Published: June 15, 2013
Linda Peterson and her family have witnessed firsthand some of the biggest sporting events in Colorado history.
From the Avalanche hoisting the Stanley Cup to the Rockies' franchise debut to the opening of Invesco Field, they were there. They were in the stands when John Elway exceeded 50,000 passing yards. These occasions left a paper trail in their wake in the form of ticket stubs, proudly displayed in the family's home.
Mementos like these figure to be the next casualty to advancing technology, as electronic tickets (e-tickets), print-at-home options, simply swiping a credit card or a cell phone at the gate allow fans entry to sporting events - or movies, concerts or virtually anything else - with increasing ease and convenience.
Jennifer McGee considers herself to be a ticket stub collector, but as the Air Force ticket manager she's not going to stand in the way of technology.
Under her watch, Air Force has moved further and further from hard tickets to the point where she estimates 80-85 percent of Falcons football tickets are printed at fans' homes.
The advantages of issuing tickets in digital formats stretch beyond savings to teams and venues on printing, materials and postage costs. They also provide the ability to track transactions, since collected data can then able to be used to gain a clearer understanding of the purchasers, which in turn makes marketing campaigns more effective and efficient.
The Falcons work with a company called Paciolan, which trumpets itself as a leader in venue enablement that powers ticketing, fundraising and marketing solutions for more than 500 live entertainment organizations that sell more than 120 million tickets annually.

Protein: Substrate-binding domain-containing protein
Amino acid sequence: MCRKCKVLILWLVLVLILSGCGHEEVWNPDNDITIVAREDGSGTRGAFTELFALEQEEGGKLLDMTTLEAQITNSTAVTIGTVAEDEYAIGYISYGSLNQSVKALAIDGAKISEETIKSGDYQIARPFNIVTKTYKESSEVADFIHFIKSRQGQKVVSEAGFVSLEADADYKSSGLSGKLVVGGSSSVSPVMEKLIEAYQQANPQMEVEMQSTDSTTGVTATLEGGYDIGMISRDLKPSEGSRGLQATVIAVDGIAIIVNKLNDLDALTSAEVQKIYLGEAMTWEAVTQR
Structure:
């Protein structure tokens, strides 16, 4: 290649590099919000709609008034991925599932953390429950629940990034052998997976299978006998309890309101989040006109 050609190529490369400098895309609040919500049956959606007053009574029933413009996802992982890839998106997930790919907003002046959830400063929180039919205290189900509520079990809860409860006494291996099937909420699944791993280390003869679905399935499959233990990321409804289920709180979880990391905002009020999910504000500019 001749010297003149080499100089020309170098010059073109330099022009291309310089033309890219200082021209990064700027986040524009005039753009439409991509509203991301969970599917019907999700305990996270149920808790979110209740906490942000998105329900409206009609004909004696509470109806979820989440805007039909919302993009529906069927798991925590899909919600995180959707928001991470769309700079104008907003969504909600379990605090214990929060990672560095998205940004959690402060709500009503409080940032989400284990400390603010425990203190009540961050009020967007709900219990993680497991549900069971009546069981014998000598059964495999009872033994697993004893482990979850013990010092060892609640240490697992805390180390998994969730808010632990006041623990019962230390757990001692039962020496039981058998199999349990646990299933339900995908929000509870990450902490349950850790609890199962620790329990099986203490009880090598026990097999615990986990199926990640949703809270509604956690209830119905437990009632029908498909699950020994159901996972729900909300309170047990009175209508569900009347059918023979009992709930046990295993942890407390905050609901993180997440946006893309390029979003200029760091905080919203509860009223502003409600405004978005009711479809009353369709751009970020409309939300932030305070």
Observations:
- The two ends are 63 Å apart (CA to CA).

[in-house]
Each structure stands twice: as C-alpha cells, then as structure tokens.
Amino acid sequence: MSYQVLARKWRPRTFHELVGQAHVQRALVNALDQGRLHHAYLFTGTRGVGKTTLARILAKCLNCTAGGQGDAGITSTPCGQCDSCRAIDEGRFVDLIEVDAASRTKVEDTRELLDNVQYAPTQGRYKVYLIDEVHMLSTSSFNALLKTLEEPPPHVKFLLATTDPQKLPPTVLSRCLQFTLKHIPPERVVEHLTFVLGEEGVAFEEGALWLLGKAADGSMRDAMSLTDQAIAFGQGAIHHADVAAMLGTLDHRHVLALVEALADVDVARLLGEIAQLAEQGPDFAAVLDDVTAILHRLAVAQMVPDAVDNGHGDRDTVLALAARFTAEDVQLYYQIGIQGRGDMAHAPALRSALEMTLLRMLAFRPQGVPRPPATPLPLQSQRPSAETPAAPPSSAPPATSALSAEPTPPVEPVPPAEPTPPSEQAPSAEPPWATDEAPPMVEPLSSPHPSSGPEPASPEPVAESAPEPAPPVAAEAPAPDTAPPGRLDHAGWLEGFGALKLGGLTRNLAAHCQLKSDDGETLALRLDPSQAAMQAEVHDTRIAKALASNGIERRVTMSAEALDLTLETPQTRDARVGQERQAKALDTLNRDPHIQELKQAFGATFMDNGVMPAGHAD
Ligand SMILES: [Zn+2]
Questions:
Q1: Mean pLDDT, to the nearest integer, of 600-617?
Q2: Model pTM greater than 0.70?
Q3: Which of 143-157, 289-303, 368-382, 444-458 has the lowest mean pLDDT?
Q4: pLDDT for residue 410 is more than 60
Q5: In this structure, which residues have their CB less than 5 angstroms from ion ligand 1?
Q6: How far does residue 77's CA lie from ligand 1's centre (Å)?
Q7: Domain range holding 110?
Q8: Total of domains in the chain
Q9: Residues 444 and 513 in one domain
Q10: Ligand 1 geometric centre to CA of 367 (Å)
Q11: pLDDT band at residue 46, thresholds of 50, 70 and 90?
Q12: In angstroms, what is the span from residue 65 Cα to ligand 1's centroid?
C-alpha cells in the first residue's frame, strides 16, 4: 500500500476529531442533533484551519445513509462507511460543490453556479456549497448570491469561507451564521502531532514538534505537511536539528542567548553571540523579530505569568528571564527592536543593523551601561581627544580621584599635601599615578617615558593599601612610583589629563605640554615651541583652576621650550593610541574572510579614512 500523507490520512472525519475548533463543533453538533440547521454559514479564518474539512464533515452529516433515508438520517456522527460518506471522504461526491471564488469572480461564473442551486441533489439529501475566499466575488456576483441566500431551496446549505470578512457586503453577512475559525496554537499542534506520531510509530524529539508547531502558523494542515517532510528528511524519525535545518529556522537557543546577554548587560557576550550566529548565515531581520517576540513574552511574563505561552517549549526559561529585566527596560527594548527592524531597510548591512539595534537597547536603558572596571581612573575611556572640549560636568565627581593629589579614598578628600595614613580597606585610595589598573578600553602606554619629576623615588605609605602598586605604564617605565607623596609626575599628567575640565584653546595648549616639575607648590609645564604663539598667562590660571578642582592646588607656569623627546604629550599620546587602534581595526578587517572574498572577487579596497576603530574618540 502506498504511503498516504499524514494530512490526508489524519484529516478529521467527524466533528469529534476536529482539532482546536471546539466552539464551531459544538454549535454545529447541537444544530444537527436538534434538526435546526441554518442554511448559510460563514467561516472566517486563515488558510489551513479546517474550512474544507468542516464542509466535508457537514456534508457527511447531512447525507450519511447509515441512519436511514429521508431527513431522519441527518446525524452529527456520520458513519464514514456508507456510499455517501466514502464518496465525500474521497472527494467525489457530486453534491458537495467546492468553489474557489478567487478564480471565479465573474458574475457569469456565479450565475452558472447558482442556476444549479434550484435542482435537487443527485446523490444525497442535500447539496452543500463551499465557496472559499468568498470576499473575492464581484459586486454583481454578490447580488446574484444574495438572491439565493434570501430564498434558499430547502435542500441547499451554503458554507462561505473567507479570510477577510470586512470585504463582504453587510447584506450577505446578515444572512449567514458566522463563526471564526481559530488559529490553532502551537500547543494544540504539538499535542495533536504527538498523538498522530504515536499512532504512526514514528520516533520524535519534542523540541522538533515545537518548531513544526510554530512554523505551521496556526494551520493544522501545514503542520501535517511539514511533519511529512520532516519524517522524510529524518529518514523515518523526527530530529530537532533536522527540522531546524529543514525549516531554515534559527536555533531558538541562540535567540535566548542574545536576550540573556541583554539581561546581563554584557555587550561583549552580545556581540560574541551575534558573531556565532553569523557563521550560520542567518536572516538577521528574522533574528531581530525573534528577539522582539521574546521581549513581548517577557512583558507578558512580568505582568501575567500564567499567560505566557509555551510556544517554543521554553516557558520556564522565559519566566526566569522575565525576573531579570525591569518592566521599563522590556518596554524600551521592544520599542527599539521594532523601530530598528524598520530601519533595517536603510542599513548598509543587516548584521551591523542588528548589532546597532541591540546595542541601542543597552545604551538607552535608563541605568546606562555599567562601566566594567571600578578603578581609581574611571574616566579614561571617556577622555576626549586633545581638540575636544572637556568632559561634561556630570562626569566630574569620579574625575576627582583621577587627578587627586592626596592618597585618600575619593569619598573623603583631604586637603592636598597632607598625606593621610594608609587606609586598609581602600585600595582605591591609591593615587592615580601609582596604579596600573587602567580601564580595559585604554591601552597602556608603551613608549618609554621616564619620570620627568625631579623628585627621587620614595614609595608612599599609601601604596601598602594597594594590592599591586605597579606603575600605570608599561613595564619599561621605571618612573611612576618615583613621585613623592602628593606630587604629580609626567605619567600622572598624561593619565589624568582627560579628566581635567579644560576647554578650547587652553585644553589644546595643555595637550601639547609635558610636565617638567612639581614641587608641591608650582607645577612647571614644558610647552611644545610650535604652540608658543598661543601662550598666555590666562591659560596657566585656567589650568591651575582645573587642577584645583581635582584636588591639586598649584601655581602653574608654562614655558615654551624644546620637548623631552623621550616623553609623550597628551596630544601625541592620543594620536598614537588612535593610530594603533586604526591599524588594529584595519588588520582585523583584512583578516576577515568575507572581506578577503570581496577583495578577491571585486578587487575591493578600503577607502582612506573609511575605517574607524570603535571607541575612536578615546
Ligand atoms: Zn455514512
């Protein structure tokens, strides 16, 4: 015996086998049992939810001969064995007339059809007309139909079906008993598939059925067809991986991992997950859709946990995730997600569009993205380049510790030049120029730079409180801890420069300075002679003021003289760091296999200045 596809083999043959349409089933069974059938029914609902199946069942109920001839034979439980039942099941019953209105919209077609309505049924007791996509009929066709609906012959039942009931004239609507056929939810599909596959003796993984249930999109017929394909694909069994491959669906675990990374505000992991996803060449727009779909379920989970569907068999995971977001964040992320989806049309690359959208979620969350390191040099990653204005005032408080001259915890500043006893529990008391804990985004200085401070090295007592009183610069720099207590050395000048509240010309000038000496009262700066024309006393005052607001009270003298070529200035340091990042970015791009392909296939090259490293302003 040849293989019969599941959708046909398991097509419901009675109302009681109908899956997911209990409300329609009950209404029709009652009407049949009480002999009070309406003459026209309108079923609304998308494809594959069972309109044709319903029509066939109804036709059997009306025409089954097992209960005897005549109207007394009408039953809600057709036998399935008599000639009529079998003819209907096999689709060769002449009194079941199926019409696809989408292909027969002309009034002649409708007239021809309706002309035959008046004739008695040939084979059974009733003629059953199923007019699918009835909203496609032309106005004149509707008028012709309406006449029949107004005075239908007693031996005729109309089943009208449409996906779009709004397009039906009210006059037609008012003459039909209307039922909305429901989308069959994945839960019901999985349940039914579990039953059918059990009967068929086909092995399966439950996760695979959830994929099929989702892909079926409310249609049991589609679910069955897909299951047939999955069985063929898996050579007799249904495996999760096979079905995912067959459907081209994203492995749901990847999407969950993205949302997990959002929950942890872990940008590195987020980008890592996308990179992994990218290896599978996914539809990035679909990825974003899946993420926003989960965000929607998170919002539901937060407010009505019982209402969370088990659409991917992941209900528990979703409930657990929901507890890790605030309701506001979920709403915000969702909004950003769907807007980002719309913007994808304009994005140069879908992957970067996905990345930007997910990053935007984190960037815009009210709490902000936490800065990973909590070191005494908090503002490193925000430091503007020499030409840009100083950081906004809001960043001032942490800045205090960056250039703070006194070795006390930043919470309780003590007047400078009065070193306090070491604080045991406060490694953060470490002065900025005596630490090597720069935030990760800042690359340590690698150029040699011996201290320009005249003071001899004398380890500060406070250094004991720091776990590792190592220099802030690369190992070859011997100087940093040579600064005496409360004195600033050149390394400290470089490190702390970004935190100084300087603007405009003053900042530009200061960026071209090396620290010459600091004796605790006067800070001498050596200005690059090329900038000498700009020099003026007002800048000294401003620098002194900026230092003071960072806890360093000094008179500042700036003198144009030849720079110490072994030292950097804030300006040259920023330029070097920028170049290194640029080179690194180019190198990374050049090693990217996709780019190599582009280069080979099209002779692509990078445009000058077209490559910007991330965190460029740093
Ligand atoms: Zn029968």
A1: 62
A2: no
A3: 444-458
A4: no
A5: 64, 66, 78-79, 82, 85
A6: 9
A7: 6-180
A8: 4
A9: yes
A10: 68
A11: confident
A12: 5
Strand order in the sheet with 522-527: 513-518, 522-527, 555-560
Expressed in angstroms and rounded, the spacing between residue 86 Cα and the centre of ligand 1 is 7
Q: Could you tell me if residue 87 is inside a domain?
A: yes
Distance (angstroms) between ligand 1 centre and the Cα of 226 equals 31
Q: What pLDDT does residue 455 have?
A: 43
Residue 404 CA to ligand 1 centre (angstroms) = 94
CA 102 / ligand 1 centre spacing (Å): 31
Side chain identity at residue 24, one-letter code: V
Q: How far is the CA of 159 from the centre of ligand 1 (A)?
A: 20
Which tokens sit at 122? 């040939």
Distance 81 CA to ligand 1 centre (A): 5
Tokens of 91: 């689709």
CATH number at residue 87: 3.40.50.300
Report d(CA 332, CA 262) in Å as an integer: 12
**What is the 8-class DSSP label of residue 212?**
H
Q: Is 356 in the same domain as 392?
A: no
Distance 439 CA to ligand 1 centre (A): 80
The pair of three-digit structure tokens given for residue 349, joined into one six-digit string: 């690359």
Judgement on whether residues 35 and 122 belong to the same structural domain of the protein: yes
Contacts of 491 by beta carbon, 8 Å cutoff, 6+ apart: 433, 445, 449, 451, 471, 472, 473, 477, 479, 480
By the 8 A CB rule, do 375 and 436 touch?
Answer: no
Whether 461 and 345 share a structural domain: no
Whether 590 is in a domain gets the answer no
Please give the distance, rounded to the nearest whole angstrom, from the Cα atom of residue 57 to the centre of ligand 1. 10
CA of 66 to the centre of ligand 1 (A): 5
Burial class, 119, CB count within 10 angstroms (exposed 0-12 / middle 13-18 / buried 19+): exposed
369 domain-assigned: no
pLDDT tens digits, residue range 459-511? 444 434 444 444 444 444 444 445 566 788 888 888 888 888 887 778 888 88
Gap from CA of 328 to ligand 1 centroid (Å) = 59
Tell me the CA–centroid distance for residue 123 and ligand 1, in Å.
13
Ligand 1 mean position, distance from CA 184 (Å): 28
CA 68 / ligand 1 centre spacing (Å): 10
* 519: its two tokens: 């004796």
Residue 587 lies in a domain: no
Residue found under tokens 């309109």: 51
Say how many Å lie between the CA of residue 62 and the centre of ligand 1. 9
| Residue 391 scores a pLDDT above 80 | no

Paciolan, partnering with Denver-based Strategic Solutions for Business, recently announced a deal to integrate its systems into college athletics programs at Michigan, Michigan State and Texas.
"Paciolan's Ticketing Intelligence system provides our staff with a time-saving reporting tool that assists us in better understanding customer trends and helps inform marketing decisions," said Hunter Lochmann, Michigan's chief marketing officer in a press release announcing the deal with Paciolan. "Additionally, we plan to use this tool to bring together data from multiple disparate databases to have a holistic view of every interaction we've had with Wolverine fans and customers."
The Avalanche and Nuggets use a company called Flash Seats to handle their e-tickets. Flash Seats is based out of Cleveland and markets itself as "The future of ticketing today." It emphasizes the elimination of hassles with lost or stolen tickets, the ability to transfer a ticket up to the last possible moment before entry and, like Paciolan, stresses the ability to monitor a team's market and enhance marketing strategies.
What was once perhaps the most innocent transaction a sports fan could make - handing over cash for a ticket - certainly has taken on an Orwellian feel.
For the most part, ticket stubs that escape the trash or a final resting place under a stadium seat find themselves shuffled into a shoe box or drawer. At best, they might work their way into a scrapbook or a frame on the wall.
On occasion, however, these stubs turn into big business.
There were more than 62,000 active listing for ticket stubs on eBay on June 6, including a full ticket from the 1926 Rose Bowl with an asking price of $18,500. Others, such as a 1869 baseball ticket have sold for more than $25,000.
Want a stub from a Broncos' Super Bowl appearance? It can be yours for anywhere from $99 to $975.